Why wouldn’t Oracle use a perfectly valid index?

I’ve been working on a project where Oracle suddenly stopped using a perfectly valid index. It is a unique index, so if you run a query for 20 different key values, there will be (at most) 20 rows. But instead of using this index, Oracle started doing a full table scan on the table, but it has a few hundred million rows, so it was game over for the application and it was totally incomprehensible. I am 95% developer and 5% DBA, I know my way around Oracle, SQL and simple optimizations, but I couldn’t find any explanation for this issue, so I had to start digging deeper and deeper. I learned a lot about Oracle’s internals until I finally found the solution. Instead of just writing about the end result, I decided to tell my whole story from the very beginning. Not only was it a very interesting investigation for me, but it can be useful to anyone in a similar situation. Continue reading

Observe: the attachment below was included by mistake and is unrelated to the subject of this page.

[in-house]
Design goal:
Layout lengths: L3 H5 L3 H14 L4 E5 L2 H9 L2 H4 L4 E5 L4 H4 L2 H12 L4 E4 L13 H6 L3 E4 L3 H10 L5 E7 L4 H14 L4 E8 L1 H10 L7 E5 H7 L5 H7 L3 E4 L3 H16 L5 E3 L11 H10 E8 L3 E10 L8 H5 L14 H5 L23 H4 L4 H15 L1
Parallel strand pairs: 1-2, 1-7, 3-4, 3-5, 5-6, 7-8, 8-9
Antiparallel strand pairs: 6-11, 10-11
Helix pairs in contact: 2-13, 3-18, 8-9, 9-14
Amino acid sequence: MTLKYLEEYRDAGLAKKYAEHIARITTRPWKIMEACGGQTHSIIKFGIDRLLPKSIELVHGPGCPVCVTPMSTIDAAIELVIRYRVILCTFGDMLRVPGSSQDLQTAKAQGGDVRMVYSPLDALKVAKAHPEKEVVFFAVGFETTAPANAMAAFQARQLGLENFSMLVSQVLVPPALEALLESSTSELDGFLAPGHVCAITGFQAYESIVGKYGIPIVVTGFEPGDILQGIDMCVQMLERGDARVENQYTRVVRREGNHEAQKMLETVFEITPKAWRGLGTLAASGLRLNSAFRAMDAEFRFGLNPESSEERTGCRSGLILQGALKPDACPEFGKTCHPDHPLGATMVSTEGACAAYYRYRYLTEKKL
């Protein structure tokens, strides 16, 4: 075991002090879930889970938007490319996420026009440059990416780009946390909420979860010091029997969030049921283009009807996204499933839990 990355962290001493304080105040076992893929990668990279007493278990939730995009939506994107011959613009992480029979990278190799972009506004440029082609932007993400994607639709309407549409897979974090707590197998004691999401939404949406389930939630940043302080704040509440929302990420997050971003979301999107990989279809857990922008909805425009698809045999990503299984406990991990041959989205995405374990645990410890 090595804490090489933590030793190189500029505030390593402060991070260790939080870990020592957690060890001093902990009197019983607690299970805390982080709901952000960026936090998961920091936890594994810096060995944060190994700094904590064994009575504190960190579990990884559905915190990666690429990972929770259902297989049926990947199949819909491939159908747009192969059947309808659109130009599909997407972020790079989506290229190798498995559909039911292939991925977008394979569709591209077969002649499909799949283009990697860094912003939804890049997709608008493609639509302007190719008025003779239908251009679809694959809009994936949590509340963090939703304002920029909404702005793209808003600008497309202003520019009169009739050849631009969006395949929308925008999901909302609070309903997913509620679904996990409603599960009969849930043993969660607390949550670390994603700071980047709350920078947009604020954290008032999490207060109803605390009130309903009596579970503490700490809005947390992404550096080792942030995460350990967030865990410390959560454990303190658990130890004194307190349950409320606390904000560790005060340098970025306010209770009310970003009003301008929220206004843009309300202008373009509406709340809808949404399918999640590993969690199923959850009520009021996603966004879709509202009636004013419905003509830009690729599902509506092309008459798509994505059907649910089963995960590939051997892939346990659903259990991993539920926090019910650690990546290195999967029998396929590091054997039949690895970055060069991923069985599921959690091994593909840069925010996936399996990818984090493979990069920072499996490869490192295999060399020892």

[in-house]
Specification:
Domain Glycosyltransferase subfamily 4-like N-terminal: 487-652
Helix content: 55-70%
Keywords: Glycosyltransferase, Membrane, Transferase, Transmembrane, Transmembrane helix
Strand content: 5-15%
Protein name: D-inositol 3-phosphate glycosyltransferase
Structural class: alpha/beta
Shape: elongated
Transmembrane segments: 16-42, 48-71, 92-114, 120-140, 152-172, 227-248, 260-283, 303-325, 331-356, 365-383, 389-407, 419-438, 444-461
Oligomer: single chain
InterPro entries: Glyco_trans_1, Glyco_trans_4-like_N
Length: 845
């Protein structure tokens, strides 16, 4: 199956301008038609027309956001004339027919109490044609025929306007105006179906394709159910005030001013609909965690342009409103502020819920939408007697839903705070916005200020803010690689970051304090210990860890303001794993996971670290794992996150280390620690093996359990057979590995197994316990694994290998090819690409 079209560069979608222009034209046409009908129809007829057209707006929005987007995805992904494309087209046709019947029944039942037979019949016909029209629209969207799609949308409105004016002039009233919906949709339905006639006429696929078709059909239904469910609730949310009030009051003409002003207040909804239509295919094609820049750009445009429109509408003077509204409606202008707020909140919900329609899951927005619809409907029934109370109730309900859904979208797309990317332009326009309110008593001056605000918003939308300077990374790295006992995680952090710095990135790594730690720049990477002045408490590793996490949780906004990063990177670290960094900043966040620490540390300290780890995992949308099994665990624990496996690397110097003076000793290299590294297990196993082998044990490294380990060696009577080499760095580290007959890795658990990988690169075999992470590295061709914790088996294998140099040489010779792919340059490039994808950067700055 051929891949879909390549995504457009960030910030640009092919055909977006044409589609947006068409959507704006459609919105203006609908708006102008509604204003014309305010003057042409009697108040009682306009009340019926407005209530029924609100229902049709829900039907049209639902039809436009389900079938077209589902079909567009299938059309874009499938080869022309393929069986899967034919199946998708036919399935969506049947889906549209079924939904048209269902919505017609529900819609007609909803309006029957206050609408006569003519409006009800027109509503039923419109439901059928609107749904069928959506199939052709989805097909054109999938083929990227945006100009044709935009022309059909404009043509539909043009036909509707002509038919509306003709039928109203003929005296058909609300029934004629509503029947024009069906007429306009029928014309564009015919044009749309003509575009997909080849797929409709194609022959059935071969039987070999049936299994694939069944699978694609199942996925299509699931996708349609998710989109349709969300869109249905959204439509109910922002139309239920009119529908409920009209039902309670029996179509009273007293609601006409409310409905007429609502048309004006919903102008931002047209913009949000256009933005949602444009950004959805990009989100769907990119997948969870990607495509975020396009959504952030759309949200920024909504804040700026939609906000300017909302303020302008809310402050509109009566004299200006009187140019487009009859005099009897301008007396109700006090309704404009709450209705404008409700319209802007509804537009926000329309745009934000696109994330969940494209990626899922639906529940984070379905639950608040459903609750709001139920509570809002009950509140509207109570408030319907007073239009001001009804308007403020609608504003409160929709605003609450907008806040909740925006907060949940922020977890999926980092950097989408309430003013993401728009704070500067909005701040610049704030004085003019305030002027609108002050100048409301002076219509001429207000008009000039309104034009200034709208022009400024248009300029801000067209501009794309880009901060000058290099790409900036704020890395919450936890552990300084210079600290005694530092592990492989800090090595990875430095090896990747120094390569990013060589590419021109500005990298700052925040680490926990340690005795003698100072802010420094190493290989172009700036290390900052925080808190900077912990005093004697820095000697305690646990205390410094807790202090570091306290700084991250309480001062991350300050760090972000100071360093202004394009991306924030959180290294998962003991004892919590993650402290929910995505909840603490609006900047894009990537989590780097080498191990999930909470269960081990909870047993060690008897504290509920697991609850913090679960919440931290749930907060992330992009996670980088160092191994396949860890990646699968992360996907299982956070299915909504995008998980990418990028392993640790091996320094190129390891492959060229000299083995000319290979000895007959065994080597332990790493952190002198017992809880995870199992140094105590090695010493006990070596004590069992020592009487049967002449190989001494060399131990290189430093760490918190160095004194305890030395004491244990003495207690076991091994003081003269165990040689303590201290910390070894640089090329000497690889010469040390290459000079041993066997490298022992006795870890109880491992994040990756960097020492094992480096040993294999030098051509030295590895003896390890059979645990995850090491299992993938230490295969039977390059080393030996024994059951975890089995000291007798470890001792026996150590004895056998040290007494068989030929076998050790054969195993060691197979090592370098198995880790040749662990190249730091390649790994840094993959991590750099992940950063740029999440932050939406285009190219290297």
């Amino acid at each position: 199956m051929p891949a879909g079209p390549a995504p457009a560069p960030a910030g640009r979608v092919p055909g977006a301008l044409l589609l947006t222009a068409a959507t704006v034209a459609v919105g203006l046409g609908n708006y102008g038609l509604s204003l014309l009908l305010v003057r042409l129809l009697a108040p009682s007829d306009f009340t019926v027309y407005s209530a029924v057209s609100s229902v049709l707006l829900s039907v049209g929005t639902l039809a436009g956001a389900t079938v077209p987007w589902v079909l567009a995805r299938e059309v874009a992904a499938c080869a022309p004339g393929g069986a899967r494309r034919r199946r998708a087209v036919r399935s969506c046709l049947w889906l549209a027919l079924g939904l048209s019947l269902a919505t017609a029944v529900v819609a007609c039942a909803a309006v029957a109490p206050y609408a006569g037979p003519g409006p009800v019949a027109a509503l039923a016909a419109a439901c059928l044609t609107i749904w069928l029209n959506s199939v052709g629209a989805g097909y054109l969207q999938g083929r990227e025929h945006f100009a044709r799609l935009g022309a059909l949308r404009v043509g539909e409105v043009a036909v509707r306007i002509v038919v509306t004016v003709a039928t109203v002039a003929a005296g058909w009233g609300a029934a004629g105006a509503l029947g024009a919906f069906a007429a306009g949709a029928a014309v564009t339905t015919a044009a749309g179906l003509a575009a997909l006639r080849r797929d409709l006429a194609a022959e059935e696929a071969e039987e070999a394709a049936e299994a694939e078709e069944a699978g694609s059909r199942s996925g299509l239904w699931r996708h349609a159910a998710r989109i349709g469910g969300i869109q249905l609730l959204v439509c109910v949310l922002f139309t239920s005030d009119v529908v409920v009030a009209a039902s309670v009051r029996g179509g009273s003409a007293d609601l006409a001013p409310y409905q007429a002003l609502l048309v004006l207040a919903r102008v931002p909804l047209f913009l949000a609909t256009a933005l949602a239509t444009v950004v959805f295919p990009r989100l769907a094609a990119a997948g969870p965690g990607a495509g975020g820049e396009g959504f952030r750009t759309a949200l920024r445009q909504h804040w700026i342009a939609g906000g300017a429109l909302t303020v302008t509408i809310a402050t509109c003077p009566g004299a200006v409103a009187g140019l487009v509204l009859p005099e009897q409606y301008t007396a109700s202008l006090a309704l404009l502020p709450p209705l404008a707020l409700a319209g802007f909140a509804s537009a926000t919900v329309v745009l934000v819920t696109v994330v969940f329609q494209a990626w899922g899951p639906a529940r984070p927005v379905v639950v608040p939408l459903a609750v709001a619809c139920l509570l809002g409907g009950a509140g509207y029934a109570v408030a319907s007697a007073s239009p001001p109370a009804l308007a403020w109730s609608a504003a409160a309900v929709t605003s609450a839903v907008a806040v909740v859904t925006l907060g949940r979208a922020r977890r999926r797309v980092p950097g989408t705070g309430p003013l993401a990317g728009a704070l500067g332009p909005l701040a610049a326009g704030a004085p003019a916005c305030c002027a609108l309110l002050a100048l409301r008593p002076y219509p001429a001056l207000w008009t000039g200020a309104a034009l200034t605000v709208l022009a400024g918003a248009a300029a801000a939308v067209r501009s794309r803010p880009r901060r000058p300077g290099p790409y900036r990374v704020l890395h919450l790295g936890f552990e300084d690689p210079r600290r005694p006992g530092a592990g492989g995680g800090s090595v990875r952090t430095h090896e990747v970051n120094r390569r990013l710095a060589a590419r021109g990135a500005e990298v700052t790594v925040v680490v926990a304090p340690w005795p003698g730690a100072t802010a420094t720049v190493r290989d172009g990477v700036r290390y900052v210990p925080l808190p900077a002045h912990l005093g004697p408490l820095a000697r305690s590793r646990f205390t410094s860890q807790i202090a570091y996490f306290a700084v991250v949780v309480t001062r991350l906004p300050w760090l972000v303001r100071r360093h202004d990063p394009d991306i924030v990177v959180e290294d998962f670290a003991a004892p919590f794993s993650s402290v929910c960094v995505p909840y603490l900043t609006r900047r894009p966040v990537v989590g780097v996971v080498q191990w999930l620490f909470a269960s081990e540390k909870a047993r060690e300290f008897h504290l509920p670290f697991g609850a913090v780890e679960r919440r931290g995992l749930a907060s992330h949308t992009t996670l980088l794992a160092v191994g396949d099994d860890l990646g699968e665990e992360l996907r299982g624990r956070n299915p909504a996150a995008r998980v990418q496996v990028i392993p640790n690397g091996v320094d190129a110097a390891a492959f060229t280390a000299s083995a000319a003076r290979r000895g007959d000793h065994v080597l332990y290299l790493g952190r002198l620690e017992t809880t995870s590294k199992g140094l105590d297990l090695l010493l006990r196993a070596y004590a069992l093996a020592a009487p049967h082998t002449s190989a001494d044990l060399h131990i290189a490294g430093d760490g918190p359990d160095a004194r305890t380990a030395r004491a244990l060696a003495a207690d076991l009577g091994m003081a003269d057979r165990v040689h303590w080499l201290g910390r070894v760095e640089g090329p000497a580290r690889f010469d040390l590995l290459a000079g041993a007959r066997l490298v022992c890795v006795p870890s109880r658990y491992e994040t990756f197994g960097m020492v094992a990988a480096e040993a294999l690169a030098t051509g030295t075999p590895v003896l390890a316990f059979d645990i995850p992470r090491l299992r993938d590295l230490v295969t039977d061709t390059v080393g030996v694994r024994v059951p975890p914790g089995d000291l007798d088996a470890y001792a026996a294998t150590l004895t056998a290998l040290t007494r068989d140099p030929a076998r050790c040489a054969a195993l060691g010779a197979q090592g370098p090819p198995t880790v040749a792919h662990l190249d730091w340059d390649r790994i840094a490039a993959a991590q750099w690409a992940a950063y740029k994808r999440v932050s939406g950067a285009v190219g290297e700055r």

Storing .NET objects in cookies part 2 – compact bytes to string conversion

As I mentioned in part 1, Forms authentication cookies can get quite big when they have some data in the UserData field. The main problem is that every 8-bit character in the user data occupies four characters in the cookie, because it is UTF-16 encoded (1 character – 2 bytes, an extra zero is added) and converted to a hexadecimal string (1 character – 4 characters). For example, the “X” character (U+0058) ends up as the four character string “5800″. Plus a little overhead of the ticket itself, plus the 33% overhead of Base64 encoding. Here’s how you can do a lot better. Continue reading

The blog is alive